And Perseus' shield by which he defeats the gorgo Medusa. A motive used by Lars Gustafsson in The Third Castling of Bernard Foys (in case that book ever got translated, Bernard Foys tredje rockad) where he play with mirrors, memories and the distortion of both.

Bernita said...

An intriguing variant, Robyn! Tying mirror as mechanism (Alice) with mirror as perceptions of self.

That's the case Ric mentioned, Gabriele, the dangerous Mirror of Erised.
The book Savannah cited seems to reflect the Medusa myth.
Melanie Rawn in her Dragon Star series, uses mirrors in a variety of roles if I remember correctly, including imprisoning a sorcerer's soul.

spy scribbler said...

This isn't a book, so it doesn't count ... but one of my favorite movies, when I was growing up, was The Neverending Story. The mirror was the greatest test of a ... erm, boy who has to save the world. All these great and strong warriors before had died in front of the mirror, because they couldn't face their own true selves.

Details are a little fuzzy, but I even refer to that movie, especially the mirror scene, with students.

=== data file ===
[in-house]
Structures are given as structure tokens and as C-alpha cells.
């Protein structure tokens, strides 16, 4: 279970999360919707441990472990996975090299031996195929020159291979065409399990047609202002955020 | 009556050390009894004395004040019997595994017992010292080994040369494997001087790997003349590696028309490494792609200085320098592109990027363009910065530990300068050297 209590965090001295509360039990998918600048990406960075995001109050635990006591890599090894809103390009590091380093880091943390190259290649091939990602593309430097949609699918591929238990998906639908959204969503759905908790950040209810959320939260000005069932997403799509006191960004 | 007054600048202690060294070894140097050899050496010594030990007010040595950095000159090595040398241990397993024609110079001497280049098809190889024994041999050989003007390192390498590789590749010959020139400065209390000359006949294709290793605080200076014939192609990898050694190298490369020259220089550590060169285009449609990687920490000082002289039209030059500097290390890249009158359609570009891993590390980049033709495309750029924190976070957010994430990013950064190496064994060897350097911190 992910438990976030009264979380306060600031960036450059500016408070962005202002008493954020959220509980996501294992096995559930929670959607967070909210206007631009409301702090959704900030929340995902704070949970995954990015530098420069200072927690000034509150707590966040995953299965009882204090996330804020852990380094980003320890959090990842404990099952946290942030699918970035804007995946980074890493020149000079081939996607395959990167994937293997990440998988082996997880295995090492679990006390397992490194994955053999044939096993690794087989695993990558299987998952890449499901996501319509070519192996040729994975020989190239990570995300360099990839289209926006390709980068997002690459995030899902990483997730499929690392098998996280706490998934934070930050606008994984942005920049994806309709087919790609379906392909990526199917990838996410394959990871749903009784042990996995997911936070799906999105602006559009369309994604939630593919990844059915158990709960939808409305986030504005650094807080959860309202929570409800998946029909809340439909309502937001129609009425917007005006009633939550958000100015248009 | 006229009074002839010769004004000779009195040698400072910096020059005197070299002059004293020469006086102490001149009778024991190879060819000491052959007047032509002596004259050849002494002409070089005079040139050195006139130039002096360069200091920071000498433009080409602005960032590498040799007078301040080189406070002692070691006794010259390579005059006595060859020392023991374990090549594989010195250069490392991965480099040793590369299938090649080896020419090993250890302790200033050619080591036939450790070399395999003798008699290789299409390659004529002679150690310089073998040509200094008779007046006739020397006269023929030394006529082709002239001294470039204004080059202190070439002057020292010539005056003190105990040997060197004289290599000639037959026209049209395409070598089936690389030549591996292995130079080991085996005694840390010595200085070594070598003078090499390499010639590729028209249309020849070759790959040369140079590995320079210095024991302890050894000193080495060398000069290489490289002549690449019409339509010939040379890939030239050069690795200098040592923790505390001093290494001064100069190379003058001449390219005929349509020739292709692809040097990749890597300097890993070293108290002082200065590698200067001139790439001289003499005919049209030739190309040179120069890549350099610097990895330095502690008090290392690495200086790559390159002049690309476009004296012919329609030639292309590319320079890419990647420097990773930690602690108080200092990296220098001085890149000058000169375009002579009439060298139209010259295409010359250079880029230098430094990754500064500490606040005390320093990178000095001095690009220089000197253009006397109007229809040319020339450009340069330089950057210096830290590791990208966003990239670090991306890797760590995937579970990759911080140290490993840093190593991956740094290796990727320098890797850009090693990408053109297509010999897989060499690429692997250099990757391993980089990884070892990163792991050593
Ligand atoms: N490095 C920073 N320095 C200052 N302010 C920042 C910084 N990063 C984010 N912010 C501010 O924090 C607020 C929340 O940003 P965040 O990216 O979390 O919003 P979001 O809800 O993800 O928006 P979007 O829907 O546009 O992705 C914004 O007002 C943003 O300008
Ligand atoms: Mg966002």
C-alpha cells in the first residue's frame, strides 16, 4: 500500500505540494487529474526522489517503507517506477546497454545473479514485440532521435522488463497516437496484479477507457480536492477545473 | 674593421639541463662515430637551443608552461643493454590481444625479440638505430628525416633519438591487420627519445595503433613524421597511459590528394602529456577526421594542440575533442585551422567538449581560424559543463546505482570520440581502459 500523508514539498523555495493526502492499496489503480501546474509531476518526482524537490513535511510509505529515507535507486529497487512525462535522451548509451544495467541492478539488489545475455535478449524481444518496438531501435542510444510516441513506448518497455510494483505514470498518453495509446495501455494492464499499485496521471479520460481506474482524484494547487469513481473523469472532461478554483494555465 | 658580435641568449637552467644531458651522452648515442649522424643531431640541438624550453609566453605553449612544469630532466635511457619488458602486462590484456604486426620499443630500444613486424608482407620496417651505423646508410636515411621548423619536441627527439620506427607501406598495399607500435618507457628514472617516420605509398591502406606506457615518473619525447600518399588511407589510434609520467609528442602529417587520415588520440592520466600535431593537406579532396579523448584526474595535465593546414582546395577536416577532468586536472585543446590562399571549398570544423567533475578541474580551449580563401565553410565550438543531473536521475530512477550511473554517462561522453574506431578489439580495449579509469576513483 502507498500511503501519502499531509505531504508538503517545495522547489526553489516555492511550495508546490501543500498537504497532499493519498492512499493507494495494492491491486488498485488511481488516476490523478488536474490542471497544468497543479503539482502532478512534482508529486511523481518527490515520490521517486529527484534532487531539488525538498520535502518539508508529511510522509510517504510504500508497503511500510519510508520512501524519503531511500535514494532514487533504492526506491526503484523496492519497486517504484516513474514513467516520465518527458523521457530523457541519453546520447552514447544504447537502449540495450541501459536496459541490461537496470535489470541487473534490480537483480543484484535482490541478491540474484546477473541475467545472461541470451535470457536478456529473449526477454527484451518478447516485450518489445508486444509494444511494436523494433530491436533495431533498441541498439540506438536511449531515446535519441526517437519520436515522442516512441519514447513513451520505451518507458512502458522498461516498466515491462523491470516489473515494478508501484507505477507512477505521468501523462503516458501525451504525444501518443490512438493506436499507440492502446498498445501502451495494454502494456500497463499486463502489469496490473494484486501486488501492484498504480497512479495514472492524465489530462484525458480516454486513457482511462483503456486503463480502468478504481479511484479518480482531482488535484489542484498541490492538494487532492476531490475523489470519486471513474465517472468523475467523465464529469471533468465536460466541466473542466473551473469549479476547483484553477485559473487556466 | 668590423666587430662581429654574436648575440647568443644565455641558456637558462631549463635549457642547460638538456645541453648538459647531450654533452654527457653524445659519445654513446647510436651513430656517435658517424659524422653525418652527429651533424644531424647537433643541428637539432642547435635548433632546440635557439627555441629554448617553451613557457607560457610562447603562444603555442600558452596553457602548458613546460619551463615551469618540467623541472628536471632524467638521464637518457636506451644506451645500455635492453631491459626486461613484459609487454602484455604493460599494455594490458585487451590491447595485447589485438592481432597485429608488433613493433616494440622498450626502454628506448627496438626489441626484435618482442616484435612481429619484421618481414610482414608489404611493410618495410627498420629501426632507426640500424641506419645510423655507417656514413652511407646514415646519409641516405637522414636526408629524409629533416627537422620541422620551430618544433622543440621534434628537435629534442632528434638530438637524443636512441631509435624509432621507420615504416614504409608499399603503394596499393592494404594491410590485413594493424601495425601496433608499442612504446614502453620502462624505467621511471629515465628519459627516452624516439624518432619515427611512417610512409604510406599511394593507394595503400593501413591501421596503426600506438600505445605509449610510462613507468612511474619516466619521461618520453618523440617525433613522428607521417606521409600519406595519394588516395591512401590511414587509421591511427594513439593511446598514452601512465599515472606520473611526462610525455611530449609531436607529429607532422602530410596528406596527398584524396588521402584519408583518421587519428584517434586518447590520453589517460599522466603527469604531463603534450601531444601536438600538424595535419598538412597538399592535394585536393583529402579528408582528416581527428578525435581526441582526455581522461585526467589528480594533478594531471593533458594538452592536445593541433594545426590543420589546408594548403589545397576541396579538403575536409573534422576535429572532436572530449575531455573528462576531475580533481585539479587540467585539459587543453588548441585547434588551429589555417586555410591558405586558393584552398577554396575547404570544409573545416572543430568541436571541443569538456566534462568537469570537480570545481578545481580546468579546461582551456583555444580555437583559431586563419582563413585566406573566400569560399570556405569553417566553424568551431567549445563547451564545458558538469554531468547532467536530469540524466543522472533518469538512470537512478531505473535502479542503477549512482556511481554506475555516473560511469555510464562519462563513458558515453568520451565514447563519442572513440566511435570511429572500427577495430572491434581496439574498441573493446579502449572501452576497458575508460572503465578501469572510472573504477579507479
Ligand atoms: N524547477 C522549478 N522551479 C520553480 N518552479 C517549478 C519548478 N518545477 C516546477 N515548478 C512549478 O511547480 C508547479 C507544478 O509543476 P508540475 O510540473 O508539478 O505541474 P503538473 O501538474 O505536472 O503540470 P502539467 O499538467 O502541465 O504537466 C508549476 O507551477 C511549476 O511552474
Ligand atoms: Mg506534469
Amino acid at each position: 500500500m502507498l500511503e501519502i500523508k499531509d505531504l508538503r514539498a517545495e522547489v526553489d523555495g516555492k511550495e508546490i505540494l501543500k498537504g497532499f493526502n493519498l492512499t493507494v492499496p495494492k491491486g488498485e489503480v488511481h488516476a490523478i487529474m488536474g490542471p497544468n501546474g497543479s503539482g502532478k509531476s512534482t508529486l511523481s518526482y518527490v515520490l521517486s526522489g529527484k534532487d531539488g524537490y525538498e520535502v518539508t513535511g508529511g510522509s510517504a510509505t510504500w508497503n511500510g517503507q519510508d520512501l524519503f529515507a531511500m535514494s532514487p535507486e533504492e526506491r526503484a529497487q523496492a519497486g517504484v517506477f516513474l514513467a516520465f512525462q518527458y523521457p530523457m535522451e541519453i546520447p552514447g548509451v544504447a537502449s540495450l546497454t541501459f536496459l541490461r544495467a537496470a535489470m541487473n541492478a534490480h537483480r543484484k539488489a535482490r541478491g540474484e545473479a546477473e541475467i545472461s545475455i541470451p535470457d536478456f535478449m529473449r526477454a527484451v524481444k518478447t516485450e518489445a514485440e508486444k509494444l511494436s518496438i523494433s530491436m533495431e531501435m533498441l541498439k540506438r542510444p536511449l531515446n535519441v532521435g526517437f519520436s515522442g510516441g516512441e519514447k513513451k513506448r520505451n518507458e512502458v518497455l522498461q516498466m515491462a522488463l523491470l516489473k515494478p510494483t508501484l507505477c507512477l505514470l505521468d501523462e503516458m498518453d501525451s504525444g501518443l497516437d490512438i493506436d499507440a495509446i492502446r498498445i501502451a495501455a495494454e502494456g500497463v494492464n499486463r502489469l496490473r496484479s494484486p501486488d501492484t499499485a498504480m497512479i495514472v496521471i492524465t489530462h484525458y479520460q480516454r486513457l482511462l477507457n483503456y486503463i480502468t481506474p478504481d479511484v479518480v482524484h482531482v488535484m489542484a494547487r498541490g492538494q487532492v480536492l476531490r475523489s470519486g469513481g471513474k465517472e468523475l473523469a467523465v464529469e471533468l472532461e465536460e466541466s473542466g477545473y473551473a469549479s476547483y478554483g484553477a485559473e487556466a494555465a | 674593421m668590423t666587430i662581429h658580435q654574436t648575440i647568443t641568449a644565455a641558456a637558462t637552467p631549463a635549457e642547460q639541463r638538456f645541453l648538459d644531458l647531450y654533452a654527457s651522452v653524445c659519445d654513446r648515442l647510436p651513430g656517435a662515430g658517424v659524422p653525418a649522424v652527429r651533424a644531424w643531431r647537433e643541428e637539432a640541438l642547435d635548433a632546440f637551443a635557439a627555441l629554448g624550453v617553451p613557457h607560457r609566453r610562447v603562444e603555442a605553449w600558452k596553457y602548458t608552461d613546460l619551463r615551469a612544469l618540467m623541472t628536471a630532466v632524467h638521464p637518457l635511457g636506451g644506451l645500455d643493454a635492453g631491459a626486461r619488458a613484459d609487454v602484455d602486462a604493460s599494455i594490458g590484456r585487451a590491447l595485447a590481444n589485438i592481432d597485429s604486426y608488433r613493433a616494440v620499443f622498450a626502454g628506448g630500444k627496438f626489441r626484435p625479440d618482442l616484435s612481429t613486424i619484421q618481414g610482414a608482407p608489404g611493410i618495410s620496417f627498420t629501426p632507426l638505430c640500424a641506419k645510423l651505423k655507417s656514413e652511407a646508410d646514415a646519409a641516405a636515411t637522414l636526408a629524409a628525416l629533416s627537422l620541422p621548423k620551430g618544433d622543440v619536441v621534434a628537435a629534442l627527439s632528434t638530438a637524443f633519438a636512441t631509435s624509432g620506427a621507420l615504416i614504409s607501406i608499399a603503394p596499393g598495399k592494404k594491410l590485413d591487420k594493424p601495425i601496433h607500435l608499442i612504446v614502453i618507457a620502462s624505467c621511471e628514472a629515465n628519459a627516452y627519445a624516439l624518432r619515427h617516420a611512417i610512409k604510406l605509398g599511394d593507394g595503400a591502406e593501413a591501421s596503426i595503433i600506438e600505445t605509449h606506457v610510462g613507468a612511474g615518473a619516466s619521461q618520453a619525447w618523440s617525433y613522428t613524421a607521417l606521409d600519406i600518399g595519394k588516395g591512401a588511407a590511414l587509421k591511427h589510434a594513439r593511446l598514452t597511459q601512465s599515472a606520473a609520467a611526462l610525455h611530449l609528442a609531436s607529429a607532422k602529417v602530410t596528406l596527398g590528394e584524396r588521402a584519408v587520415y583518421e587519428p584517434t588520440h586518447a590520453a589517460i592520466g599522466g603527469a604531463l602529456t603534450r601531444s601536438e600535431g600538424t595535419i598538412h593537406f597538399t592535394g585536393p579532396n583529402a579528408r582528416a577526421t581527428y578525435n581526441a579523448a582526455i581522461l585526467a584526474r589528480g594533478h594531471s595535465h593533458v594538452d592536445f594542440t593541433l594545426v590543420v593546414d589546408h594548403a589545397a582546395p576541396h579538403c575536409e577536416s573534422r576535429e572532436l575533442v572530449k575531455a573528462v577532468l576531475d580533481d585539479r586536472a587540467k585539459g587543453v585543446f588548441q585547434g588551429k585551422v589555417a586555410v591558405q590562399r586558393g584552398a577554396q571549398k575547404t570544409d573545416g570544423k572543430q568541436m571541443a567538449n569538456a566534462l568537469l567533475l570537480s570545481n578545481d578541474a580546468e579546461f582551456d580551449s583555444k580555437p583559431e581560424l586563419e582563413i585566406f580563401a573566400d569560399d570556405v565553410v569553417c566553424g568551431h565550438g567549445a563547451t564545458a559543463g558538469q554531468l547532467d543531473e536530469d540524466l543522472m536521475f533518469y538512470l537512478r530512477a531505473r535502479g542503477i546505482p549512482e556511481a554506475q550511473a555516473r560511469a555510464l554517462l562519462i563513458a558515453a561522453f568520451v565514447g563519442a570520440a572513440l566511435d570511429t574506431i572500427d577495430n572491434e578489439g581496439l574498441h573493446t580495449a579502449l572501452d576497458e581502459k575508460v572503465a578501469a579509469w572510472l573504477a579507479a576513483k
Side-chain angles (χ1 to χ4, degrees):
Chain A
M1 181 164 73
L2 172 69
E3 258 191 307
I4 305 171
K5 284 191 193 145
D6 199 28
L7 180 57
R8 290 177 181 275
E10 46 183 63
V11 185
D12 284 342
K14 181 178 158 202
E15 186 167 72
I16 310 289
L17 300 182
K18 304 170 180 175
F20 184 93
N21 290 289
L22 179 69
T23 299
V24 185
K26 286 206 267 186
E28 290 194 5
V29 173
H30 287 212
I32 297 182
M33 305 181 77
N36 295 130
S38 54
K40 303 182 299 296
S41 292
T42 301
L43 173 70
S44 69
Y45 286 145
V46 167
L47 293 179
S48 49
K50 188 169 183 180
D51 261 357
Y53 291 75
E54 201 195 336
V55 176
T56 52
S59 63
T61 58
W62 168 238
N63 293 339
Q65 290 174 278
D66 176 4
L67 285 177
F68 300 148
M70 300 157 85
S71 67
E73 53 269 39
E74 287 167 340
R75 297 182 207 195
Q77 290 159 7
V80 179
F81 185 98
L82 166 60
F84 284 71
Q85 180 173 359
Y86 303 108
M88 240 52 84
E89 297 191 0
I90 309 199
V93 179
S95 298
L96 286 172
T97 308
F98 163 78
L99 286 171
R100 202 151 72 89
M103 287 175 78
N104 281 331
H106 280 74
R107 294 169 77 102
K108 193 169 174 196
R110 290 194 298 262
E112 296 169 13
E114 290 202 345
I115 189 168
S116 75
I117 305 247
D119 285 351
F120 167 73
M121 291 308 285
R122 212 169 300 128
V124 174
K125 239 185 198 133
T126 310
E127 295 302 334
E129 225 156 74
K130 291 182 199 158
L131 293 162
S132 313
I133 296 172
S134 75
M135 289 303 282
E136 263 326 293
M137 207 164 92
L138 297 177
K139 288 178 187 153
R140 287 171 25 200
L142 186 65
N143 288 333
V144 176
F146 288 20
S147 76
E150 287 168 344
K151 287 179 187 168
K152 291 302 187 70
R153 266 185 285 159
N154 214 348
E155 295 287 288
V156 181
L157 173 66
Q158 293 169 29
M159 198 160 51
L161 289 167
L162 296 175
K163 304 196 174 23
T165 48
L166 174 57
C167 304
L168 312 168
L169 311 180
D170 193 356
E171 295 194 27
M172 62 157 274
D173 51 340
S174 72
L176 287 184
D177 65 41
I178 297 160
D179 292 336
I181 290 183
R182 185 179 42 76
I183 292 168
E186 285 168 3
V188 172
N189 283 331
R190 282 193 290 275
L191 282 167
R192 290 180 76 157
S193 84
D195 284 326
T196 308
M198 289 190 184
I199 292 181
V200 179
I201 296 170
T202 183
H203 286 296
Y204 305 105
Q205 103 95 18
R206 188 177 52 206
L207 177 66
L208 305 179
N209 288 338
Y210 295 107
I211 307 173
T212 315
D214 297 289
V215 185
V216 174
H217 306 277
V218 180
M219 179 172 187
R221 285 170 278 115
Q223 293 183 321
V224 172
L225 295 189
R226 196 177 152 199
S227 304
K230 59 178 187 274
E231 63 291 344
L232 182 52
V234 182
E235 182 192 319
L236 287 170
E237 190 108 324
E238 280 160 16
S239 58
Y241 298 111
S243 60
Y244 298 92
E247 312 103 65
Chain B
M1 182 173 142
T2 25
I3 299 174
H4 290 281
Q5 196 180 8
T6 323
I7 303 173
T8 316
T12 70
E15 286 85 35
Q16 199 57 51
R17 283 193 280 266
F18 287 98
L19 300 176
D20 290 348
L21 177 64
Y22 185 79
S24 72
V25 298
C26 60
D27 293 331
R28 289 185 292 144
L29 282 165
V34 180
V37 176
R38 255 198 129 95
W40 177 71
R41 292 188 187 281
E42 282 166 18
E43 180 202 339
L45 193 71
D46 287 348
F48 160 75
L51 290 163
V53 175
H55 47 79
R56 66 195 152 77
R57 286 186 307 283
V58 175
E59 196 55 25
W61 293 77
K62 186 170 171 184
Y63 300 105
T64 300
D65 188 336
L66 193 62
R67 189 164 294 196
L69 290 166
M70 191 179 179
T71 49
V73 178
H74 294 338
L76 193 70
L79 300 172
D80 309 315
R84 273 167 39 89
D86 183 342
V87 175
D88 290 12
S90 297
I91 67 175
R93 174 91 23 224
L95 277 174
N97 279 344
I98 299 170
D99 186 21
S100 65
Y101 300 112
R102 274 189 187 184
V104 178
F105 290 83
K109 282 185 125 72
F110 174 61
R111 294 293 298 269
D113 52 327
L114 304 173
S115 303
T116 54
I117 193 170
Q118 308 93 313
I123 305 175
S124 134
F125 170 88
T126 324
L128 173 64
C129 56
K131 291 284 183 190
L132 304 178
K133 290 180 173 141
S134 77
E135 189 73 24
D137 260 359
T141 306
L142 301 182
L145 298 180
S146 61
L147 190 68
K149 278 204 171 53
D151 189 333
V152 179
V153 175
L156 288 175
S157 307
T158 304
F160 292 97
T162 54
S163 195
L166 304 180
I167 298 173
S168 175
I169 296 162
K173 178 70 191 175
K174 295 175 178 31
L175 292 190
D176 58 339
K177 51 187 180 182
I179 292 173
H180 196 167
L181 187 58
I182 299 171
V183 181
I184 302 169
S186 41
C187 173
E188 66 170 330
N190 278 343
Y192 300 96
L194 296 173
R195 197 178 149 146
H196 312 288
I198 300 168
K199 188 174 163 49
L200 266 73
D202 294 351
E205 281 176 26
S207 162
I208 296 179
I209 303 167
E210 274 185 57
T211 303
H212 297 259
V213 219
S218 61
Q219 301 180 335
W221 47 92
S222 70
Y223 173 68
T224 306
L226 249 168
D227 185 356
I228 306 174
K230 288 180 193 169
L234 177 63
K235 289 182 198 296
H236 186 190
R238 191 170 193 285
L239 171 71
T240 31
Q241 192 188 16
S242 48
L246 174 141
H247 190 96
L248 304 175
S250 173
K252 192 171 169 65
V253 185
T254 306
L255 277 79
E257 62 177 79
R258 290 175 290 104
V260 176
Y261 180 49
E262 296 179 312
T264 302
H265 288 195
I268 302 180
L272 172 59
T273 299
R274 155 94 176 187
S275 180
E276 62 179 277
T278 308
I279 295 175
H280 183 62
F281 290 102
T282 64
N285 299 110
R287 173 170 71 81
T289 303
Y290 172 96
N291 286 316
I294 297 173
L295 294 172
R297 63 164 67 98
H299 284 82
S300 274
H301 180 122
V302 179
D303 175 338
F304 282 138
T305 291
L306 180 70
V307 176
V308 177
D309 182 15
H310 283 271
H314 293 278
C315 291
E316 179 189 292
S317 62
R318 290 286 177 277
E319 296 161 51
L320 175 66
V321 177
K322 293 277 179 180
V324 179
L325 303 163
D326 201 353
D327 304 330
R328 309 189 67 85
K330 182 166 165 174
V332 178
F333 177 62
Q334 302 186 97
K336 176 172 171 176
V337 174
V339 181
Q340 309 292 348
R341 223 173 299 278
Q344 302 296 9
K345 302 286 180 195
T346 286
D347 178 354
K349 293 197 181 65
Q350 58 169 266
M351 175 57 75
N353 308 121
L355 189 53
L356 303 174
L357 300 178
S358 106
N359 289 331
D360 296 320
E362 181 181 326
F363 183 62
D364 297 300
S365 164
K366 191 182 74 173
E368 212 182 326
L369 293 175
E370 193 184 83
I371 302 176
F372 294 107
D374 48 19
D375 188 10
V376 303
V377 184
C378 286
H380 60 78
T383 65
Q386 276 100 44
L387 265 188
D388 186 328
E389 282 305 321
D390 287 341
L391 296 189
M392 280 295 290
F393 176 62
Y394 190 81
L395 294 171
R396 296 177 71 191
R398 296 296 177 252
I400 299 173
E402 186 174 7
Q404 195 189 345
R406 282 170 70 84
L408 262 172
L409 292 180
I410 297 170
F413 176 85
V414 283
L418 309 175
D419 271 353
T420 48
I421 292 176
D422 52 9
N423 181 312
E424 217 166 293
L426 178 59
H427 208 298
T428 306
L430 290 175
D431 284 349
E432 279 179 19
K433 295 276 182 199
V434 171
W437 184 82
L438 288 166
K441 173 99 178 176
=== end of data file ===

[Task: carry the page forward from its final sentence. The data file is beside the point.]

Bonnie Calhoun said...

Neverending Story is also one of me and the DH favorites...reading that comment prompted us to watch it tonight!

I'm looking for a reliquary for my next WIP...The mirror thing could be an interesting twist!

Janie said...

My favourite mirror is the one belonging to Galadriel in LOTR.

I never realised there were so many mirrors out there!


Bernita said...

Perhaps a classic illustration of Lae's Mirror, my Spy?

I've always wanted to do a story involving a little house-shaped reliquary similar to the Ranvaig one, Bonnie!

A truly insidious symbol, Janie! And because of its cneturies-old associations, not one to be despised.
I suppose one could even argue that The Picture of Dorian Gray operates in essence as a mirror.

Ballpoint Wren said...

When I was a kid that was my favorite fantasy, to push through the mirror above our mantelpiece and explore the house inside it.